Light source 14 is preferably provided by a flashlight, available in the art, that has a push-button on/off switch 22. This switch 22 is activated by the operator at hand-held end 10 while simultaneously operating the laryngoscope. Although a push-button switch is shown in the drawings, other activation means may be utilized (e.g. slide, twist, etc.). A light bulb 24 emits light from flashlight 14 into light application point 20. Light application point 20 is designed at a critical angle 34 to allow light to be emitted from light-carrying material 18. This angle depends on the specific light-carrying material 18 utilized, light source 14, and positioning of light source 14.
Flashlight 14 is shown attached to casing 18 at hand-held end 10 by an adhesive 26 (e.g. double-sided adhesive), although other attachment means may be provided, such as a clip, band, strap, shrink-wrap, and the like. Preferably, flashlight 14 is off-the-shelf so it can be easily replaced or moved from laryngoscope to laryngoscope if the laryngoscope is disposable. FIGS. 3 and 4 are exploded views showing flashlight 14 attached to casing 18 via adhesive 26. Light seal pad 30 provides a seal between flashlight 14 and light application point 20. Casing 18 may be specifically configured 36 to accommodate a particular flashlight shape.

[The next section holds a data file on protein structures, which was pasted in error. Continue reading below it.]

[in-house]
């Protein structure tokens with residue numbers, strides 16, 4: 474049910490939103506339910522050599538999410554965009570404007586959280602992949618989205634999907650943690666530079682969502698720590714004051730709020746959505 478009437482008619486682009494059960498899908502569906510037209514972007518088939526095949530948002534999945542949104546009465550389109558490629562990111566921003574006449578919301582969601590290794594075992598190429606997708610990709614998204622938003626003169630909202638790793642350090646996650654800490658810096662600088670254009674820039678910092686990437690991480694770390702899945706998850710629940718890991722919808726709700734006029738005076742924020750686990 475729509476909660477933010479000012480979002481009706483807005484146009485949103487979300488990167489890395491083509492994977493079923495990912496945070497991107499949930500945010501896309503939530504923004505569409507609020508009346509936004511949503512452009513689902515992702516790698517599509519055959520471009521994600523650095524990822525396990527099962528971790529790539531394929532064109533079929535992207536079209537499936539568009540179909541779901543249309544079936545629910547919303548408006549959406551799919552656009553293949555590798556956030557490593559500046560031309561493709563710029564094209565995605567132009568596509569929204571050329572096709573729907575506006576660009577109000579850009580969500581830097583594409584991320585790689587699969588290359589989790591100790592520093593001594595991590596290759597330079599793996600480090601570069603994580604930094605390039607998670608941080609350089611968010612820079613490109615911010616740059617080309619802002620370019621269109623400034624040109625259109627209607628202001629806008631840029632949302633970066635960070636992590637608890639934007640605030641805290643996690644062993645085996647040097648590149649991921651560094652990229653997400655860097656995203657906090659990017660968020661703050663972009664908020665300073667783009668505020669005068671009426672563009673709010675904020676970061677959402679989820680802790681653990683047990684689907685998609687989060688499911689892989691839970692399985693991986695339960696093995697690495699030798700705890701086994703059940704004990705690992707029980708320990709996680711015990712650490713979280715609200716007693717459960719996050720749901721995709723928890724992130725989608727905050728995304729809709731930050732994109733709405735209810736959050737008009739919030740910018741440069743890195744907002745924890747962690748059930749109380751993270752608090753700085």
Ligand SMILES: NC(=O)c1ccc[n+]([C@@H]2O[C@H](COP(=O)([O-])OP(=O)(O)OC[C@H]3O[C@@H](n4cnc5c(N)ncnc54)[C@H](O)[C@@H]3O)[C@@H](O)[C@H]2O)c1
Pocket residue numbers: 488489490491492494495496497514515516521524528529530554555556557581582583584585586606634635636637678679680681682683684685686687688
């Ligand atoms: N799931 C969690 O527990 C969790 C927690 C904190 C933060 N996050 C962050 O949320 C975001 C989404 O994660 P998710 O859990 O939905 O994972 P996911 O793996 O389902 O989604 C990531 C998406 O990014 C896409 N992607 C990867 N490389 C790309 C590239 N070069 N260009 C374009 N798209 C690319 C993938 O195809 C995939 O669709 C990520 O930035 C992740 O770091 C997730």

FIGS. 5 and 6 show details of the preferred suction tip 12 of the present invention. Suction tip 12 may be integral with casing 18 or separately interchangeable, i.e. attachable to and detachable from casing 18. If suction tip 12 is detachable, it is preferably attached to casing 18 via an adhesive or glue so that it does not dislodge during use. The advantage of a separable attachable suction tip 12 is that it can be chosen based on the patient's age, size, or situation. For instance, a small suction tip may be chosen for a child and a large suction tip chosen for an adult. Likewise, suction tips with large holes may be chosen for a particular application. The emergency medical technician or operator may have a series of different suction tips which can be readily accessed for use. FIG. 5 shows suction tip 12 with various suction ports 38, 38′. Suction tip 12 is attached to casing 18. FIG. 6 shows casing 18 and suction tip 12 separated whereby suction tip 12 fits into casing 18. As can be appreciated by those skilled in the art, the apparatus may also be configured so that the suction tip fits over the casing.